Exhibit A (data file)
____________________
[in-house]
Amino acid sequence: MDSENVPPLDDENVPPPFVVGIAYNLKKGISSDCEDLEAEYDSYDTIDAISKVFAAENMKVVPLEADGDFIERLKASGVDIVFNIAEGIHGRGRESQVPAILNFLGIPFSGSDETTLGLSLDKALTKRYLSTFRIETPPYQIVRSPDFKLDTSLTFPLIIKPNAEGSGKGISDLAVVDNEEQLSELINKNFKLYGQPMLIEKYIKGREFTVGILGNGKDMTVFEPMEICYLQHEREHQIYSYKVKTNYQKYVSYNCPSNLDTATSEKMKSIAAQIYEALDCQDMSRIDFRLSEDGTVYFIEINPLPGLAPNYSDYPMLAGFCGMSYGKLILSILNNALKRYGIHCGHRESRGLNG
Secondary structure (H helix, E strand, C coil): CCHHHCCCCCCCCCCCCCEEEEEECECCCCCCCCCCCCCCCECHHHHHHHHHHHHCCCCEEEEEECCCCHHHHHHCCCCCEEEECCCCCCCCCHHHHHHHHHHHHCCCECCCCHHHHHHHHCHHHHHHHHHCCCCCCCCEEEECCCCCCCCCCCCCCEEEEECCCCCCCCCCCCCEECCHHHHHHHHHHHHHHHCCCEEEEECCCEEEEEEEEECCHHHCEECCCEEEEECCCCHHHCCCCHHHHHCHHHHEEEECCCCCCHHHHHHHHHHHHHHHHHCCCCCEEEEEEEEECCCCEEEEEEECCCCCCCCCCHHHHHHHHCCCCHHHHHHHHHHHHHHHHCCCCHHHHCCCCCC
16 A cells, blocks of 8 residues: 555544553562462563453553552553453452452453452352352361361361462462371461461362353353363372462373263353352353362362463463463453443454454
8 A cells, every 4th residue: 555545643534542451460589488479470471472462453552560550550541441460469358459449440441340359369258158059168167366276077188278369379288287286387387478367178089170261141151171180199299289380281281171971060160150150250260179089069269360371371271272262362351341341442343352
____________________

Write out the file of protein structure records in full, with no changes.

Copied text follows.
[in-house]
Amino acid sequence: MDSENVPPLDDENVPPPFVVGIAYNLKKGISSDCEDLEAEYDSYDTIDAISKVFAAENMKVVPLEADGDFIERLKASGVDIVFNIAEGIHGRGRESQVPAILNFLGIPFSGSDETTLGLSLDKALTKRYLSTFRIETPPYQIVRSPDFKLDTSLTFPLIIKPNAEGSGKGISDLAVVDNEEQLSELINKNFKLYGQPMLIEKYIKGREFTVGILGNGKDMTVFEPMEICYLQHEREHQIYSYKVKTNYQKYVSYNCPSNLDTATSEKMKSIAAQIYEALDCQDMSRIDFRLSEDGTVYFIEINPLPGLAPNYSDYPMLAGFCGMSYGKLILSILNNALKRYGIHCGHRESRGLNG
Secondary structure (H helix, E strand, C coil): CCHHHCCCCCCCCCCCCCEEEEEECECCCCCCCCCCCCCCCECHHHHHHHHHHHHCCCCEEEEEECCCCHHHHHHCCCCCEEEECCCCCCCCCHHHHHHHHHHHHCCCECCCCHHHHHHHHCHHHHHHHHHCCCCCCCCEEEECCCCCCCCCCCCCCEEEEECCCCCCCCCCCCCEECCHHHHHHHHHHHHHHHCCCEEEEECCCEEEEEEEEECCHHHCEECCCEEEEECCCCHHHCCCCHHHHHCHHHHEEEECCCCCCHHHHHHHHHHHHHHHHHCCCCCEEEEEEEEECCCCEEEEEEECCCCCCCCCCHHHHHHHHCCCCHHHHHHHHHHHHHHHHCCCCHHHHCCCCCC
16 A cells, blocks of 8 residues: 555544553562462563453553552553453452452453452352352361361361462462371461461362353353363372462373263353352353362362463463463453443454454
8 A cells, every 4th residue: 555545643534542451460589488479470471472462453552560550550541441460469358459449440441340359369258158059168167366276077188278369379288287286387387478367178089170261141151171180199299289380281281171971060160150150250260179089069269360371371271272262362351341341442343352